What comes to my mind is that some people have manipulative, narcissistic liars for parents. It took my therapist to tell me that, yes, my dad’s behavior is that bad and that it was okay to keep him at arms’ length, and my mom ends up there too by association. There’s a difference between the nagging mom who repeatedly asks when you’ll have a baby or start a career and an emotionally abusive situation, but I want to be sure that we recognize that some (not necessarily the OP’s) people’s parents are emotionally abusive. They might actually want what’s best for their kids, but they can’t provide a trusting, respectful relationship that allows them to speak into their kids’ lives anymore. It’s okay for their children to walk away from that relationship to whatever degree is needed.

      1. MashaKasha*

        I did the same!

        While writing my responses, I realized that, while I can envision situations where I’d be terrified about my kids’ career choices, that at the end of the day in those situations, I’d probably take a deep breath and tell myself that I’ve raised my kids well, they have common sense, a good head on their shoulders, and some degree of work ethics, that should all be enough to get them out of a financial crisis if needed. And then I’d go on with my life and maybe offer help if I’m able to and if such help is needed. I would NOT nag them to death or, heaven forbid, go around talking about them behind their back to their friends and who knows how many other people. Something tells me that Minnesota’s reaction to kids’ questionable choices would be more like mine and less like the OP’s parents’.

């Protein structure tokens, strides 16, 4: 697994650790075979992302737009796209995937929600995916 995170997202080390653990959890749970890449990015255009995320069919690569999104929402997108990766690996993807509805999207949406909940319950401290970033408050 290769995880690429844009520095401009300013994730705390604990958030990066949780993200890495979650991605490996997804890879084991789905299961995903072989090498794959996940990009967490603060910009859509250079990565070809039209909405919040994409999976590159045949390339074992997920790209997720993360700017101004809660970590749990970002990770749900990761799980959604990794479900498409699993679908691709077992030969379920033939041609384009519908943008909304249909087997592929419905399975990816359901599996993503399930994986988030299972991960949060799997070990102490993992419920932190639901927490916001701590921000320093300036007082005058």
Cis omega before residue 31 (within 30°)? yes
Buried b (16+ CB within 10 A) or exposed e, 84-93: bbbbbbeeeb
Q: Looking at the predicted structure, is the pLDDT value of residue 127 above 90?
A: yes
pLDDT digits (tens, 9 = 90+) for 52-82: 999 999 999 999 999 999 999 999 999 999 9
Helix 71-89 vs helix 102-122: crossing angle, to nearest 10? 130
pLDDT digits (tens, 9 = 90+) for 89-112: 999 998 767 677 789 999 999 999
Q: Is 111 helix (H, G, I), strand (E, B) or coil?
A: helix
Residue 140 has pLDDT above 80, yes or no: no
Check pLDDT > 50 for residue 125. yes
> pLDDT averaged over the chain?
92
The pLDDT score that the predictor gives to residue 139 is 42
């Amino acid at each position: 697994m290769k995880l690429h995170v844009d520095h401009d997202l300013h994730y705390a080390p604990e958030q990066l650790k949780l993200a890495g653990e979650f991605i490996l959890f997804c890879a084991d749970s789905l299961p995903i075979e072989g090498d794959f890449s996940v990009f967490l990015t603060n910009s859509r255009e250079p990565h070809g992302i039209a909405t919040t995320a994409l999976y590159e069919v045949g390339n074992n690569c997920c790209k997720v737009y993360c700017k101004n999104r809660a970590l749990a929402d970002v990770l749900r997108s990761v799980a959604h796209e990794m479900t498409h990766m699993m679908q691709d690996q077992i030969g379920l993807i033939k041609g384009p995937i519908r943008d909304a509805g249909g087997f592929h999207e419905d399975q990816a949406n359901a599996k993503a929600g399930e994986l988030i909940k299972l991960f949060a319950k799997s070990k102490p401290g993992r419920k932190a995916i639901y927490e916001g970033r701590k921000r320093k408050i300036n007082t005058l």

2. The IT Manager*

        Yes! My parents are great, but I can’t help but remember an ex who acted more like the parent for his father (a long time alcoholic who abandoned him as a child) than the son. It shocked me that the parent-child relationship was so reversed. Even though my brothers and I are all adulating very successfully, my parents still are very supportive, proud and parent very unobtrusively.

        Some parents aren’t like that and need to be treated by a heavy hand and it sounds like that may be the case for the LW’s parents.

    4. Observer*

      It makes me sad, too. But it makes me sad because I realize how much I miss my father – whose advice was invaluable, and who NEVER pestered us.

      It also makes me sad, because it’s clear that there are too many parents who simply do not or cannot treat their children with basic respect, thus destroying their relationship. It doesn’t make that much of a difference WHY this is happening. The reality is that there comes a point where the constant intrusive and repeated advice becomes too much, especially when boundaries are crossed in such a blatant manner.